Cross-Cultural Study of Online User Behavior in Fashion E-Commerce: A Comparison of Britain and China

Cross-Cultural Study of Online User Behavior in Fashion E-Commerce: A Comparison of Britain and China

Fanke Peng (University of Canberra, Australia), Ni An (Southwest University, China) and Alessandra Vecchi (University of the Arts London, UK)
Copyright: © 2018 |Pages: 16
DOI: 10.4018/978-1-5225-2599-8.ch054
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Abstract

Adopting the Technology Acceptance Model (TAM) – perceived usefulness and perceived ease of use (Davis, Bagozzi, & Waeshaw, 1989) and Customer Buying Decision Process (Engel, Kollat, & Blackwell, 1968), this research examines the role of culture in influencing online shopping use, comparing differences across two continents and countries: Britain and China. Qualitative data obtained through the semi-structured focus group interviews was analysed using content analysis, which involves examining the accumulated data for ideas and constructs that have been pre-determined. The TAM held for the U.K. This project also explores whether the relationships hold for the emerging Chinese market.
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Introduction

Online apparel shopping developed rapidly, and the study of online shopping behavior is always evolving accordingly. The importance of user behavior study for technology adoption and buying decision has long been established (Engel, Kollat and Blackwell, 1968; Davis, 1989; Griffin et al., 2005; Smit, Van and Voorveld, 2014; Kharitonov, 2014). The current quantitative research focused on the application of cognitive and affective involvement as antecedents to technology acceptance model (TAM) (Smith, Deitz, Royne, Hansen, and Grunhagen, 2011). The objective presented in this chapter has been to link TAM with buying decision process for a cross-cultural study of online user behavior.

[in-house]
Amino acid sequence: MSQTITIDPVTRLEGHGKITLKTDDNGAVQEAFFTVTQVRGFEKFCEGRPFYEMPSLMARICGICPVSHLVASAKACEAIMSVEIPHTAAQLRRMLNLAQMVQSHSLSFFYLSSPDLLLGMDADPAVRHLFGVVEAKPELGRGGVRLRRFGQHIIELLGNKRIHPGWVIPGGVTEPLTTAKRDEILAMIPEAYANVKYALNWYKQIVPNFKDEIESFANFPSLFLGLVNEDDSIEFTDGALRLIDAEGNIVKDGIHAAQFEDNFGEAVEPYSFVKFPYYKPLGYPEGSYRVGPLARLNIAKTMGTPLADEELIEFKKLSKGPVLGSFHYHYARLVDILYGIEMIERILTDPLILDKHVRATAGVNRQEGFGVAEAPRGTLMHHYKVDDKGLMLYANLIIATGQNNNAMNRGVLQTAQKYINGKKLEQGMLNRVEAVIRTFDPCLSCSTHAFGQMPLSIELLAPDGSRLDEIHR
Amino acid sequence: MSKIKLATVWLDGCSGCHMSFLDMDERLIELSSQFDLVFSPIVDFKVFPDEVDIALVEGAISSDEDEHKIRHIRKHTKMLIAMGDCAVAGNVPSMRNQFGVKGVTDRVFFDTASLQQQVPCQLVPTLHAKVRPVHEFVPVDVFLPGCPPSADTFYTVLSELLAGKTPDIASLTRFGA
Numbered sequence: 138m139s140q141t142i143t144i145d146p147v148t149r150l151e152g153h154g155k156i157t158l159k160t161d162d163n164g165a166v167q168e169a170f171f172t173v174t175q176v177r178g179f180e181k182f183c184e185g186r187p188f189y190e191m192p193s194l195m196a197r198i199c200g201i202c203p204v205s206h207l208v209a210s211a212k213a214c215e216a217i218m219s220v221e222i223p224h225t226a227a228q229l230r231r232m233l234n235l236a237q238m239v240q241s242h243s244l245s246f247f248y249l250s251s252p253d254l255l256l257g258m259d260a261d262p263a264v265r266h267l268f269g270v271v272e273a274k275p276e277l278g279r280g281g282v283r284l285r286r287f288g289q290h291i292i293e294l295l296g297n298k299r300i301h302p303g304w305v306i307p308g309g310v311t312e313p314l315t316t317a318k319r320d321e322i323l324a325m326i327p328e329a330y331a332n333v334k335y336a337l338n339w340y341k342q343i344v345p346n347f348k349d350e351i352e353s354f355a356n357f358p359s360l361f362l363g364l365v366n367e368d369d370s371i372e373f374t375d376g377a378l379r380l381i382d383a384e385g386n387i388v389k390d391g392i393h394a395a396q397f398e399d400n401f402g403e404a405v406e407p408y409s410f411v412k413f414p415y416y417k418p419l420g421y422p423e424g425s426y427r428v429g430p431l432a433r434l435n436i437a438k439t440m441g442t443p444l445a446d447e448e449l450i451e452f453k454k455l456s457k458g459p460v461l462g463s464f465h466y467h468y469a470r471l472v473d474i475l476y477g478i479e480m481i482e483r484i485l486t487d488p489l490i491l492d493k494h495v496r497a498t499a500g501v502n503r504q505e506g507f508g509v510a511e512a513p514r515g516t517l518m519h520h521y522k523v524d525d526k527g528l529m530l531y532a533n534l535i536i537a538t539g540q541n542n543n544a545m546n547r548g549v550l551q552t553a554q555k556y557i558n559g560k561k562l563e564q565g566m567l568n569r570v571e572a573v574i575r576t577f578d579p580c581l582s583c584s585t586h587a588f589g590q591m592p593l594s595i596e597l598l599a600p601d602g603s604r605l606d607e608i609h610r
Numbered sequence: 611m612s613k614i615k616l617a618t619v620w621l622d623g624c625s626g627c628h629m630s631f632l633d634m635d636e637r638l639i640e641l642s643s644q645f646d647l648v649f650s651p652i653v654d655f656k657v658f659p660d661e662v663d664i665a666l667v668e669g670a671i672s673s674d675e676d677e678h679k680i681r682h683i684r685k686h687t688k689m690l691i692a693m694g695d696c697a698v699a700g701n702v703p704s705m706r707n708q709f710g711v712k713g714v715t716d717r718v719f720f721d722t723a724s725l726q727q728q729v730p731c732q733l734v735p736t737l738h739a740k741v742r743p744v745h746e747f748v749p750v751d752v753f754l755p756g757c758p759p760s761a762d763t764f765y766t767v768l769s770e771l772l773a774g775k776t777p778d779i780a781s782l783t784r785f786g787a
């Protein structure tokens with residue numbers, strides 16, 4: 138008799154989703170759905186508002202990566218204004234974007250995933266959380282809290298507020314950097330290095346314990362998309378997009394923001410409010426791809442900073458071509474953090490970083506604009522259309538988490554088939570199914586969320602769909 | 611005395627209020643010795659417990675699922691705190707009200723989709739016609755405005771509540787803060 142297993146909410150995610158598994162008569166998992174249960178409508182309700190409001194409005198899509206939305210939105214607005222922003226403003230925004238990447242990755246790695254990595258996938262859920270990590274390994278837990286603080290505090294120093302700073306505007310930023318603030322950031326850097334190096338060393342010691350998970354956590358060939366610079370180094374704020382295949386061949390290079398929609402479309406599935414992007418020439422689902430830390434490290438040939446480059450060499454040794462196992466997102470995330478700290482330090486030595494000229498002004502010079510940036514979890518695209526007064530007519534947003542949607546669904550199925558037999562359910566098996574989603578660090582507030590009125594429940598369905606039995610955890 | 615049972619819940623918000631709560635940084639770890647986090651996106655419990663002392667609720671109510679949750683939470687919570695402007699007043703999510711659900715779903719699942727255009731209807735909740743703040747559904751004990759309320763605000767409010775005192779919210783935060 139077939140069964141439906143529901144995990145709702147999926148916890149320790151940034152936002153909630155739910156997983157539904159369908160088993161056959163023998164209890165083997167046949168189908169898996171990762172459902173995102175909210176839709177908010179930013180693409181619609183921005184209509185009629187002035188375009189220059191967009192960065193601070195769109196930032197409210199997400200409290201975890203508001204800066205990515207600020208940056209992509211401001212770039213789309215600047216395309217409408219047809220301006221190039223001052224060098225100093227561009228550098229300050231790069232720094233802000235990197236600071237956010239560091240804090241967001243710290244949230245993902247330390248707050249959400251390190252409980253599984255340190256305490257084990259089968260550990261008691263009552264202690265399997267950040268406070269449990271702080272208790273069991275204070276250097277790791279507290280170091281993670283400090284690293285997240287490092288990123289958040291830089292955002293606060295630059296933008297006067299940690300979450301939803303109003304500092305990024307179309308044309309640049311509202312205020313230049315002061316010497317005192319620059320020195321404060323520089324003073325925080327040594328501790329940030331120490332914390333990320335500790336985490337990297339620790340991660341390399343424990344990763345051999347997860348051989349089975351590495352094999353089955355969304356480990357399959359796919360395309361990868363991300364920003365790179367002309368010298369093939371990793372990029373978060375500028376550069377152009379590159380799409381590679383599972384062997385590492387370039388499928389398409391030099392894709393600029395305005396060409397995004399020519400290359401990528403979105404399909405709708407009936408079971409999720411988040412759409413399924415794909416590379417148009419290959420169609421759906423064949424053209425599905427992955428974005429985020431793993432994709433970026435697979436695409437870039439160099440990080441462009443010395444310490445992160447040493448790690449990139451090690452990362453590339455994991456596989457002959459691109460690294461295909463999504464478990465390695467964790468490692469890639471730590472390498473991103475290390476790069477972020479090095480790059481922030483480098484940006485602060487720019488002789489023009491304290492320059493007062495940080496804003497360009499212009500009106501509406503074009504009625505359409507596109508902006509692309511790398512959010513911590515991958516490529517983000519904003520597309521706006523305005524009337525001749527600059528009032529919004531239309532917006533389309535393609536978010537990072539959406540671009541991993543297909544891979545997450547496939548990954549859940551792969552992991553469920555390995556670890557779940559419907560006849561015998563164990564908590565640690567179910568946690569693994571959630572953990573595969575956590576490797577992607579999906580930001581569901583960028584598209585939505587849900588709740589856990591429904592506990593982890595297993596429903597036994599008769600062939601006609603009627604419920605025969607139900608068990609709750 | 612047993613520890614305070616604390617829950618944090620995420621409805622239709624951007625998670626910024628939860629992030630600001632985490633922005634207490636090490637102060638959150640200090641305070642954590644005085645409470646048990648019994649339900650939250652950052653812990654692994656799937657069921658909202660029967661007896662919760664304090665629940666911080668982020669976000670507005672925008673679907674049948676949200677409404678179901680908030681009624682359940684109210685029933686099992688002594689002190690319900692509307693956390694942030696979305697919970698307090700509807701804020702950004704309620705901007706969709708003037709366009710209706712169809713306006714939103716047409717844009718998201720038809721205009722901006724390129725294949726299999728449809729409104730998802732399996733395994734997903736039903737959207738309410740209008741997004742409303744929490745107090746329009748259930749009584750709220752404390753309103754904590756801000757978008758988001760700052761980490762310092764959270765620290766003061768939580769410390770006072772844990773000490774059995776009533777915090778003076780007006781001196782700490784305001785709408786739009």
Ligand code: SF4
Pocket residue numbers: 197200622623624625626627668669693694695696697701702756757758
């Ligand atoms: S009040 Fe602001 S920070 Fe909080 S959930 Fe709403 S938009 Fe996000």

In recent years, the Chinese market is the fastest growing market. The top 10 countries, ranked by online retail sales (in billions of US dollars) worldwide 2015, are China ($562.66), US ($349.06), UK ($93.89), Japan ($79.33), Germany ($73.46), France ($42.62), South Korea ($36.76), Canada ($28.77), Russia ($20.30) and Brazil ($18.80) (eMarketer 2015). Furthermore, recent statistics by Forrester Research Inc, eMarketer, and The Centre for Retail Research predict that online retail revenue accounted for 5.9% of the total retail market worldwide in 2014, or $1.316 trillion. By 2018, that share will increase significantly to 8.8%. More and more Chinese e-commerce sites attracted attention globally, such as Ali Express, Taobao and Tmall.

China and the US are by far the world’s leading ecommerce markets, together worth more than 55% of global online retail sales in 2014. China’s predicted growth over the next five years will widen the gap between the two countries, and China is expected to exceed $1 trillion in retail ecommerce sales by 2018, accounting for more than 40% of the worldwide total. The US is expected to maintain its position as the second-largest retail ecommerce market in 2018, totalling nearly $500 billion in sales, while it is predicted that the UK will account for about one-quarter of that figure, landing in a distant third place (eMarketer, 2015).

According to Retail Week Reports, the UK Fashion Retail Sector was valued at over £46 billion in 2014. The direct value of the UK fashion industry to the UK economy was £26 billion in 2014; up from £21 billion in 2009, showing an increase of 22% in nominal terms (British Fashion Council, 2014; Oxford Economics, 2014). UK online fashion sales in 2014 were estimated over £7.5 billion (Retail Week Report, 2015). The market for online fashion continues to see robust growth for the following reasons: consumers becoming more accustomed to shopping online; increased participation in shopping via smartphones and tablets, which has helped to bolster sales for apparel shopping anytime and anywhere; and a combination of different channels available to consumers to shop for clothes. Retailers have to ensure that shopping is truly seamless and that they give customers a consistent shopping experience whatever channel they choose to use (Mintel, 2015; CIO, 2015).

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